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Review ARTICLE

Front. Mol. Neurosci., 24 December 2013 | https://doi.org/10.3389/fnmol.2013.00051

New roles for “old” microRNAs in nervous system function and disease

  • 1MRC Clinical Science Center, Hammersmith Hospital Campus, London, UK
  • 2Max-Planck Institute of Neurobiology, Martinsried, Germany

Since their discovery, microRNAs became prominent candidates providing missing links on how to explain the developmental and phenotypical variation within one species or among different species. In addition, microRNAs were implicated in diseases such as neurodegeneration and cancer. More recently, the regulation of animal behavior was shown to be influenced by microRNAs. In spite of their numerous functions, only a few microRNAs were discovered by using classic genetic approaches. Due to the very mild or redundant phenotypes of most microRNAs or their genomic location within introns of other genes many regulatory microRNAs were missed. In this review, we focus on three microRNAs first identified in a forward genetic screen in invertebrates for their essential function in animal development, namely bantam, let-7, and miR-279. All three are essential for survival, are not located in introns of other genes, and are highly conserved among species. We highlight their important functions in the nervous system and discuss their emerging roles, especially during nervous system disease and behavior.

Introduction

The discovery of microRNAs was a big step towards the understanding of post-transcriptional regulation of gene expression. Several hundreds of microRNAs capable of interacting with a plethora of target mRNAs were discovered in model organisms. While sequence based prediction tools of microRNA-target interaction evolved quickly, phenotypical analysis of microRNA function lagged behind, in part due to the lack of clear phenotypes in mutants of single microRNAs. In addition, phenotypes were expressed only under certain environmental and experimental conditions suggesting that microRNAs act predominately by fine-tuning gene expression. As a consequence, microRNAs were rarely discovered in genetic screens. However, three microRNAs were found in genetic forward screens in invertebrates. All three are essential for survival, are not located in introns of other genes, and are highly conserved among species.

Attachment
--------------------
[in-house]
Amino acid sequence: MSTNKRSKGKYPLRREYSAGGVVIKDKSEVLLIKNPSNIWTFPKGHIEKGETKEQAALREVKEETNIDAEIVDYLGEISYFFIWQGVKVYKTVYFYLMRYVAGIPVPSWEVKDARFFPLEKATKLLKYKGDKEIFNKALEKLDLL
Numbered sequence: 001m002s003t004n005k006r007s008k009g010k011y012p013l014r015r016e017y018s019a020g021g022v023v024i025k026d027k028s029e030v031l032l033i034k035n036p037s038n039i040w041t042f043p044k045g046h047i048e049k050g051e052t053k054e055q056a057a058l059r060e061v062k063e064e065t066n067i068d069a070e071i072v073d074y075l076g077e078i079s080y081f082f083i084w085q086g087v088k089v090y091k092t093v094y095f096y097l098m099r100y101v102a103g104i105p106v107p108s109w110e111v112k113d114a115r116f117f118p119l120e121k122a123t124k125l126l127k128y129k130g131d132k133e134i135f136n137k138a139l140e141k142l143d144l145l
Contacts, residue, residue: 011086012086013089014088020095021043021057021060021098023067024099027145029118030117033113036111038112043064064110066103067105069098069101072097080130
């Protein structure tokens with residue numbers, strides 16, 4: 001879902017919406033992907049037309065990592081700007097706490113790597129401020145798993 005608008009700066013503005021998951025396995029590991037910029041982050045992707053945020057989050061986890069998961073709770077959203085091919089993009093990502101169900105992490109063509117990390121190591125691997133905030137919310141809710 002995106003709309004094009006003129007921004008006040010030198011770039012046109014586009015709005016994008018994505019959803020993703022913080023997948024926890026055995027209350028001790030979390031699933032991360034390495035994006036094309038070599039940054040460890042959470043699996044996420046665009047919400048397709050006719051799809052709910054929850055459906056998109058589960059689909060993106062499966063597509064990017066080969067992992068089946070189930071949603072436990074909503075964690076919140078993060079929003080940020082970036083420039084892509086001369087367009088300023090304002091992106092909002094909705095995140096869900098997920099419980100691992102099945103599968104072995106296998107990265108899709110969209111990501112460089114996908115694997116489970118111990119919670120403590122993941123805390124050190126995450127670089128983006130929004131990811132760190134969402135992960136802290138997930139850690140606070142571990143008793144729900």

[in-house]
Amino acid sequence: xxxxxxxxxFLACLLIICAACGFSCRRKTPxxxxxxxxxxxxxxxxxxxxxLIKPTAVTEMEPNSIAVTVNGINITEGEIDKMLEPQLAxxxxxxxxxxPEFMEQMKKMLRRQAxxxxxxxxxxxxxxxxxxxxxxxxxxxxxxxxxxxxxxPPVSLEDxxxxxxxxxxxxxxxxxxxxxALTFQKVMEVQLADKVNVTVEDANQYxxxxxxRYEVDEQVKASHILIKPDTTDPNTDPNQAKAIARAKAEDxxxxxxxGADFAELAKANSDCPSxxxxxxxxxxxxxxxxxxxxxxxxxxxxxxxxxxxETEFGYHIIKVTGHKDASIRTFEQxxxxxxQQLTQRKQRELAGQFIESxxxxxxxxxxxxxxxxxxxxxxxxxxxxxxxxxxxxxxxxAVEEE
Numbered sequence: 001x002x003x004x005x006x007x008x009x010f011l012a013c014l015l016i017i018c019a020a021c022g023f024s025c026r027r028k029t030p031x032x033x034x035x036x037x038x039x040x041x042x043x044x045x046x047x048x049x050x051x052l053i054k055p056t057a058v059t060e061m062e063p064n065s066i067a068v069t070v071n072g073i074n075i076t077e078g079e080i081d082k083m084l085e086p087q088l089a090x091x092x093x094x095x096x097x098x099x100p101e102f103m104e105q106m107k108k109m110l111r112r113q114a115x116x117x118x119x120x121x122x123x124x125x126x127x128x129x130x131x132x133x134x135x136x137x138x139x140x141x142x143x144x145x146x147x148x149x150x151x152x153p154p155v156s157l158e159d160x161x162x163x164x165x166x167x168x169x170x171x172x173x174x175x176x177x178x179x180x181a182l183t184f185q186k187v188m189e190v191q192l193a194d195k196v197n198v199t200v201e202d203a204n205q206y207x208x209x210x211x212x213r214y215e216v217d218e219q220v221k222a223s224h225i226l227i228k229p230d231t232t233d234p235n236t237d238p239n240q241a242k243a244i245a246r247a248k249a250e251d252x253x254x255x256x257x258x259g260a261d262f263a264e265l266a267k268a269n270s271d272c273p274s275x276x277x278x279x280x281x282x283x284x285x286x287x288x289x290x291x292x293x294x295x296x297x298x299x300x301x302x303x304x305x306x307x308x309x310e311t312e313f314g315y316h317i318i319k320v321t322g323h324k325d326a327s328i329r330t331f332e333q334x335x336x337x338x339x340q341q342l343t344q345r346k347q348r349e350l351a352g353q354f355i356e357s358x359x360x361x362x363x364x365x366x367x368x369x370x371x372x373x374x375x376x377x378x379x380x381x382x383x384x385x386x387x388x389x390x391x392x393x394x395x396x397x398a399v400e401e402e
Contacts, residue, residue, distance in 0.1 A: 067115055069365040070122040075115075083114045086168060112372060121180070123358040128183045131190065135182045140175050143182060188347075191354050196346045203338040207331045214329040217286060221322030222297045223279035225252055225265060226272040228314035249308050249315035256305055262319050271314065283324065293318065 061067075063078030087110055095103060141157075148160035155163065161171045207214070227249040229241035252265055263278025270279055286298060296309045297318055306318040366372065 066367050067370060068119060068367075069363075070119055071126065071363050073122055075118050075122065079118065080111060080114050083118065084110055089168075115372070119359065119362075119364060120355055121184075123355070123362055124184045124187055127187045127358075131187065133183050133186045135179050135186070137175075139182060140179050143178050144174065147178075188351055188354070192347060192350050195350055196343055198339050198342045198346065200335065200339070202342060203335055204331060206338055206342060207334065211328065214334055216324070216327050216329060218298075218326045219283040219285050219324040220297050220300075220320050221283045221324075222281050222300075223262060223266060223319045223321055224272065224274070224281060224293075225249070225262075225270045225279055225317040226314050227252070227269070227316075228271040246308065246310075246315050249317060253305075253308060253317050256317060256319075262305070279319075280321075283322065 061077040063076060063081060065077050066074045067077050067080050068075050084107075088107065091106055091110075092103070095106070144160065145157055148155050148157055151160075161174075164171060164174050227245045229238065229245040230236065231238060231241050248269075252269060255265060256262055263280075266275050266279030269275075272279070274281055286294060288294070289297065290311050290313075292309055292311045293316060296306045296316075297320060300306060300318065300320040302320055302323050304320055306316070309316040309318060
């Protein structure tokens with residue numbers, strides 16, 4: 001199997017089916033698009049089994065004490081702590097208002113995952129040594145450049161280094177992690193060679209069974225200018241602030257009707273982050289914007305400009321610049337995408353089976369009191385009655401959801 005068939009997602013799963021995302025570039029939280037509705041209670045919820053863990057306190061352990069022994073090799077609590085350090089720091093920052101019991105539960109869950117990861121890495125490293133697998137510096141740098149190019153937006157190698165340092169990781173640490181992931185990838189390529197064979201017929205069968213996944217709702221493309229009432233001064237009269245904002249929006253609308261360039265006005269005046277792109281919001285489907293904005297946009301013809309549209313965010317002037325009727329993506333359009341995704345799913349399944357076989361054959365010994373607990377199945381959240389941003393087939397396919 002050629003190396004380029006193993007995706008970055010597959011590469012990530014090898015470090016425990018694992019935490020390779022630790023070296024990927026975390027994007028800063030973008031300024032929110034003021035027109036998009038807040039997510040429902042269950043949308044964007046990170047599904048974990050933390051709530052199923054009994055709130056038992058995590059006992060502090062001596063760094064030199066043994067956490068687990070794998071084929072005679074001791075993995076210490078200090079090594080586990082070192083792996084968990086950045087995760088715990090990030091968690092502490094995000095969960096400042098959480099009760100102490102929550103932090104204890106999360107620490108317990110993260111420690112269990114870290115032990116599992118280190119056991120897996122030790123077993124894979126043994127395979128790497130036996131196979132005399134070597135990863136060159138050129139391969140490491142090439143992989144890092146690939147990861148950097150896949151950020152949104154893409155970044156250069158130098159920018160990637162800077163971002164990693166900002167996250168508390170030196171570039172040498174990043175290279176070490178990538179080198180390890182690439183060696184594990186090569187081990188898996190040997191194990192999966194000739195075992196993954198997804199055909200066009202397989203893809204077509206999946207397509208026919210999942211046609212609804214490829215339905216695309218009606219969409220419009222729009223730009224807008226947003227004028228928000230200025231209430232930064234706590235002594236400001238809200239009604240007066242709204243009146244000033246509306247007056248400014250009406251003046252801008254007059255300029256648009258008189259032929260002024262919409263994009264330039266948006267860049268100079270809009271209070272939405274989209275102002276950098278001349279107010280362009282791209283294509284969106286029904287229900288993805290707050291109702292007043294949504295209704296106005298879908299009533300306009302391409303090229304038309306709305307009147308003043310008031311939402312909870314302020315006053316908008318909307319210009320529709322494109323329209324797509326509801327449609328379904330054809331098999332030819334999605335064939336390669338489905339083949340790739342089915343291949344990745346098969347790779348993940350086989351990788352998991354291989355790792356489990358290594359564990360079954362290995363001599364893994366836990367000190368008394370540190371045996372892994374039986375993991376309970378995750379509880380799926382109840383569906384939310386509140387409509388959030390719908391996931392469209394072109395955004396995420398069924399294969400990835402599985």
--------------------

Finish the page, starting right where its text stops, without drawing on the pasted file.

Initial Discovery of let-7, Bantam, and miR-279

Let-7 was the first microRNA described in C. elegans. It is conserved across different species and found in all common model organisms. In C. elegans let-7 participates in the so-called heterochronic pathway, which regulates the transition between different developmental stages in the worm by timing the division and differentiation of stem cells. Let-7 is upregulated in the last larval stage (L4), and by downregulating lin-41 mRNA, allows the animal to fully mature. Weak mutant alleles of let-7 lead to a reiteration of larval patterns of cell division, and the animal fails to differentiate. Strong alleles of let-7 mutants cause a severe phenotype of a blasting vulva (Reinhart et al., 2000). The second example, bantam, has no mammalian homolog and has been intensively studied in Drosophila. Mutations of this microRNA affect the proliferation of the wing disk and lead to failure in the G1-S transition of wing disk cells (Brennecke et al., 2003; Herranz et al., 2008). The third microRNA, miR-279, is highly conserved in insects. The first phenotype described was found in the olfactory system of Drosophila. In this system, miR-279 regulates the differentiation of a subclass of olfactory receptor neurons by downregulating two transcription factors, Nerfin-1 and Escargot (Cayirlioglu et al., 2008; Hartl et al., 2011).

Here, we review recent advances in the understanding of the function of let-7, bantam, and miR-279 in neural development, regeneration and degeneration, and behavior.

Let-7 Regulates Cellular Differentiation of the NMJ and other Brain Structures